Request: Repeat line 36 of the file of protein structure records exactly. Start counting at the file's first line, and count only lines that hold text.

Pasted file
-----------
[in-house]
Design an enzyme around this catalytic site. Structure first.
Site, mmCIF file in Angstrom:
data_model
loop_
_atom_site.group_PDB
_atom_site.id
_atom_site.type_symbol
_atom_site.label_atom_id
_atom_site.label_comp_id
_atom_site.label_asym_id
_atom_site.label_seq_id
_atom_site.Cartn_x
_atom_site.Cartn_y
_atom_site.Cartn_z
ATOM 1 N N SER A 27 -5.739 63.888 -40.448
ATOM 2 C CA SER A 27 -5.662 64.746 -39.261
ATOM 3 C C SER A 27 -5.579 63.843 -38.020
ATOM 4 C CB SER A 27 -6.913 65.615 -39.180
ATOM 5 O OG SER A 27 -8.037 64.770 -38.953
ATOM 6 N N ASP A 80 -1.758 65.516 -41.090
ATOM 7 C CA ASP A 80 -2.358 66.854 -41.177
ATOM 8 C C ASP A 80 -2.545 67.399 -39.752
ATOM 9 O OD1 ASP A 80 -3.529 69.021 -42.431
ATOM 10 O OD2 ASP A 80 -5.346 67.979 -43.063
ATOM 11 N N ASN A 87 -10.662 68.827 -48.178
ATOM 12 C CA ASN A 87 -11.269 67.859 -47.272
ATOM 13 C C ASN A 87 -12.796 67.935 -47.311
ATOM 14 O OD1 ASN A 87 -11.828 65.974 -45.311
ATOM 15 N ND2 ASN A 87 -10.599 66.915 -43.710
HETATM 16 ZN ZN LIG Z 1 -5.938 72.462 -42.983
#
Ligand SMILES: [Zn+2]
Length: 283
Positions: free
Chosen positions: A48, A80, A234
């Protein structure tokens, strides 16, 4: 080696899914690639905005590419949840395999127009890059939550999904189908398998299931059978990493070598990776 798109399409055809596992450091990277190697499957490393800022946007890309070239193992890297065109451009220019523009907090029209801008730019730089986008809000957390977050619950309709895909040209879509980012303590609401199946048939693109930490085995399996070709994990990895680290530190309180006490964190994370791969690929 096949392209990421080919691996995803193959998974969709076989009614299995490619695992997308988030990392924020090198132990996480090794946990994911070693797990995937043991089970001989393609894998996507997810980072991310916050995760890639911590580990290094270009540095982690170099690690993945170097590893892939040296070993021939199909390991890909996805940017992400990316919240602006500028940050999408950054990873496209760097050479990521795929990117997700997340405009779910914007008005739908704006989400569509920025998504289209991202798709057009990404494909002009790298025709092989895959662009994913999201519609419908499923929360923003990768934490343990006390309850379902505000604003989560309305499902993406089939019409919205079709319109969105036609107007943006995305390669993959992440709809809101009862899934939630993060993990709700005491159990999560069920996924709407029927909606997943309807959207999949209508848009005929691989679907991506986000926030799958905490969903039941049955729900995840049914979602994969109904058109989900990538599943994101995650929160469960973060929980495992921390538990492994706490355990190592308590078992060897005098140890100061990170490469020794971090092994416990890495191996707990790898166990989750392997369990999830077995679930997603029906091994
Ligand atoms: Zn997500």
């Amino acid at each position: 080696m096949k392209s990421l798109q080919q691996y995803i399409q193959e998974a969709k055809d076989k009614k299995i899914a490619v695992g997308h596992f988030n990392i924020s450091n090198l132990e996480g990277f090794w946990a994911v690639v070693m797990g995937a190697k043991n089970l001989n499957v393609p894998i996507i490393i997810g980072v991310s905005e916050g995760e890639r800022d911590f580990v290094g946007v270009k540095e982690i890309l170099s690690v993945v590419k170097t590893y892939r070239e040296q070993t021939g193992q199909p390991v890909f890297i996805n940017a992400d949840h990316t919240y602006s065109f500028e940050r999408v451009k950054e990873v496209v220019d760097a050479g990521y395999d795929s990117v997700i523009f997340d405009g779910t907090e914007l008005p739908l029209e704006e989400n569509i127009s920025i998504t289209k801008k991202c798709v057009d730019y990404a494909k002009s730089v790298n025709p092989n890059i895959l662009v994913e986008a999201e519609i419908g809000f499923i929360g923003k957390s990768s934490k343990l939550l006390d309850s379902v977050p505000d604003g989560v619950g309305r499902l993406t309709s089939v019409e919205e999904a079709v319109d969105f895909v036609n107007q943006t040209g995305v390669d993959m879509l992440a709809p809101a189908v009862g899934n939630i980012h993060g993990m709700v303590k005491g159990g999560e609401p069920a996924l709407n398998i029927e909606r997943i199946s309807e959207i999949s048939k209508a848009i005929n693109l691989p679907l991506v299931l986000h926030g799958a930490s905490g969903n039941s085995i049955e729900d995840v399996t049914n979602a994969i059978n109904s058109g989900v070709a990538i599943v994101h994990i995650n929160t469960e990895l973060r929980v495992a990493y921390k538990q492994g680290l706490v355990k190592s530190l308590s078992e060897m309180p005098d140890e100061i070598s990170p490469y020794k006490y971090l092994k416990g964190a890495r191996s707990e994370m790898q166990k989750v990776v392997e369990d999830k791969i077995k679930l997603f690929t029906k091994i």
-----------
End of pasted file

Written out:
Chosen positions: A48, A80, A234